I posted earlier about the sub-par apologies offered by the infamous MSNBC Three, who decided to indulge their hate for Mitt Romney and Republicans by ridiculing the fact that Romney’s family now includes an adopted African American infant. Either Melissa Harris-Perry got a Martin Bashir memo, or she sincerely decided that she had not adequately communicated regret for the ethically indefensible segment. What she delivered, on the air this time rather than through Twitter, arguable qualifies as a Level #1 apology [“An apology motivated by the realization that one’s past conduct was unjust, unfair, and wrong, constituting an unequivocal admission of wrongdoing as well as regret, remorse and contrition, as part of a sincere effort to make amends and seek forgiveness.”]:
“Without reservation or qualification, I apologize to the Romney family. Adults who enter into public life implicitly consent to having less privacy. But their families, and especially their children, should not be treated callously or thoughtlessly. My intention was not malicious, but I broke the ground-rule that families are off-limits. And for that I am sorry. Also, allow me to apologize to other families formed through trans-racial adoption, because I am deeply sorry that we suggested that interracial families are in any way funny or deserving of ridicule. On this program, we are dedicated to advocating for a wide diversity of families. It is one of our core principles. And I am reminded that when we are doing so, it must always be with the utmost respect. We’re genuinely appreciative of everyone who offered serious criticisms of last Sunday’s program, and I am reminded that our fiercest critics can sometimes be our best teachers.”
Harris-Perry deserves special credit for the last sentence. She didn’t have to say that, and it is an excellent point for her to make, especially on her network, where some critics have been told that someone needs to shit in their mouths.
I assume readers here are sufficiently sophisticated to appreciate the distinction between the Jester’s Privilege, discussed in the previous post, and what Harris-Perry did, but because I hate having to tell commenters that their brains are atrophying, let me offer this prophylactic note. Harris-Perry isn’t a comedian. She is supposed to be a professional public affairs host, and what she is paid to do is offer political commentary and enlightenment. I have my own, frequently stated, opinion on how ethically she does that, but never mind: intentionally choosing the loving inter-racial adoption by a public figure’s family to target for ridicule, using the infant as the provocation, is unprofessional, ugly, wrongful conduct. She chose and assembled the snarky progressive comics, she dictated their target, she sicced them on Kieran Romney; it was her show, and she is ultimately responsible for what her minions delivered, which was neither funny nor fair. Also, as one of MSNBC’s race-baiters par exellance, Harris-Perry’s use of the race of an adopted orphan as the catalyst for a Romney-bashing was both inexplicable and hypocritical.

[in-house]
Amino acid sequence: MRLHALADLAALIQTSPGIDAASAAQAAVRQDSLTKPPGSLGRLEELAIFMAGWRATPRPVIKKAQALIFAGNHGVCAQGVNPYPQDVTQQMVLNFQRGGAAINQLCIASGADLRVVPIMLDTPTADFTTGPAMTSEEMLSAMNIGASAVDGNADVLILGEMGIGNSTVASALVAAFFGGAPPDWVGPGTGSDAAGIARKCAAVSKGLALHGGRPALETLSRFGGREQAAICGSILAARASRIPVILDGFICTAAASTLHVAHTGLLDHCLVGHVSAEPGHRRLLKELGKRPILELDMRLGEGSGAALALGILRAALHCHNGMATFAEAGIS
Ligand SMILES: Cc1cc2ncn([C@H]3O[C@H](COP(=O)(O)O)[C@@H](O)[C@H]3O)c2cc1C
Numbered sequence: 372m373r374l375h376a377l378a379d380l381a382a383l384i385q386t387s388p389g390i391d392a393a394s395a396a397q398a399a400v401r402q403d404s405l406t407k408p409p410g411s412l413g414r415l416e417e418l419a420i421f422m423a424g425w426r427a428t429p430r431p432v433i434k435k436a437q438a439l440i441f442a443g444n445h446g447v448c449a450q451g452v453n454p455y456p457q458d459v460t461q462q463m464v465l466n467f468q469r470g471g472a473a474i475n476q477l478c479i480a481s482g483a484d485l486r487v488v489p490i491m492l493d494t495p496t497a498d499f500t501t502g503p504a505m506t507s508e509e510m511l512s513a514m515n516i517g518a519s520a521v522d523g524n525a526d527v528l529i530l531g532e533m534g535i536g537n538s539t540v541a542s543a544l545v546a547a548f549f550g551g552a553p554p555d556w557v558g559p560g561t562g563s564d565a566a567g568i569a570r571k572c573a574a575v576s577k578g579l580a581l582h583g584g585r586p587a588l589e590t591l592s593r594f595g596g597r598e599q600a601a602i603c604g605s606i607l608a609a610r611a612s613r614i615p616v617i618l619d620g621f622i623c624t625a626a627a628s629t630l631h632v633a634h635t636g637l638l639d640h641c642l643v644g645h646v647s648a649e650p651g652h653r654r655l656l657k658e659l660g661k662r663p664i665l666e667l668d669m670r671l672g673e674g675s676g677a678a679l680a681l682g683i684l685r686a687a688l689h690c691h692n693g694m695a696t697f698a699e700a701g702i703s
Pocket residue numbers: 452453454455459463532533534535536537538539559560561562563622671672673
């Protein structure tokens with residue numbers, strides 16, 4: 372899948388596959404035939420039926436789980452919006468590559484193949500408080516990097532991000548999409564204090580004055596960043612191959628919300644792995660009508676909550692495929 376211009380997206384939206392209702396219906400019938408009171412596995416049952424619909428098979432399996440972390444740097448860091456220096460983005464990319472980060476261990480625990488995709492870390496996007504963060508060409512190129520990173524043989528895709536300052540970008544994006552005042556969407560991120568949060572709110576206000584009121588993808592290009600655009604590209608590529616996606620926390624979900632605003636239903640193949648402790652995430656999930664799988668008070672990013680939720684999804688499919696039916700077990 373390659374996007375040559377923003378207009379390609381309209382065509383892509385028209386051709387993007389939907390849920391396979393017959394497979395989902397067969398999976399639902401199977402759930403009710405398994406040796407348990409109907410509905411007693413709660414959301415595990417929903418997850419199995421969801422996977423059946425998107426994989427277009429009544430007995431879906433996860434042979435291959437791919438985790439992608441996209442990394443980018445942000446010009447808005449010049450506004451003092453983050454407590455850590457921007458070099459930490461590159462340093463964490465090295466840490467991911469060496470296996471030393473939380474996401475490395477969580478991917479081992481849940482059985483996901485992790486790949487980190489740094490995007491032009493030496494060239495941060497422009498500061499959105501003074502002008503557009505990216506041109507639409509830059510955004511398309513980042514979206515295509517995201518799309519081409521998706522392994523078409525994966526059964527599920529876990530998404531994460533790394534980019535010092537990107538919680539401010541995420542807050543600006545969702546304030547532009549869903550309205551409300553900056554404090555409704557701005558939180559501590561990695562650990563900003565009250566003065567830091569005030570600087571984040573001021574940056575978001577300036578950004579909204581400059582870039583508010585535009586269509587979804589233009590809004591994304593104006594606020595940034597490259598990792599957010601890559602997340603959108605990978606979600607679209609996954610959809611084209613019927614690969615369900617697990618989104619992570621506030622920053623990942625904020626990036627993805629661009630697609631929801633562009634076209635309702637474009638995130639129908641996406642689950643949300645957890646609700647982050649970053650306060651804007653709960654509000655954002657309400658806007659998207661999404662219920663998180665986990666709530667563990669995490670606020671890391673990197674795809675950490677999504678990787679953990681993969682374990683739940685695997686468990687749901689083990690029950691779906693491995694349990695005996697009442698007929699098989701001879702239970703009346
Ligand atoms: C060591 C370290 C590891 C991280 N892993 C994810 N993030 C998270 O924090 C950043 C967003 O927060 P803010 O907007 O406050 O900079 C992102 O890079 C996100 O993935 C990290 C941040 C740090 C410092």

It took a while, but she did the right thing, and did it well.
An aside, also related to the previous post: On the Blaze’s story about the apology, several commenters mocked Harris-Perry’s lisp, and others admonished them for doing so. I agree that mocking people for speech impediments is cruel, and that our recognition that stuttering and other speech issues are handicaps that are no more legitimate targets of ridicule than cancer or paralysis was late in coming but ethically correct. But Harris-Perry is in the business of communication, and inadequacies in her ability and delivery are fair game for criticism and mockery, just as an unpleasant voice or an impenetrable accent would be. She has no right to be a broadcaster—frankly, I don’t understand how networks justify having speech-impaired reporters and anchors on the air, when there are so many competent professionals who can speak clearly and well. I felt the same way about Barbara Walters, and her well-parodied difficulty with R’s, and Tom Brokaw, who just about breaks his jaw trying to say L’s. (David Gregory does a dead-on imitation of Brokaw, high-lighting this quirk.) If a newscaster is going to make the audience endure his or her speech deficiencies, they can learn to appreciate the jokes, or learn to talk better. Was it unethical for impressionists to focus on Judy Garland’s late-career habit of dropping the consonants in words (“… Why, oh why, can’ I?”) Was John Belushi cruel to imitate Joe Crocker’s spastic moves? Obviously there is a trade-off in such cases: MSNBC feels that Melissa Harris-Perry’s insights are worth tolerating her lisp. For those who don’t agree, I think the lisp is fair game.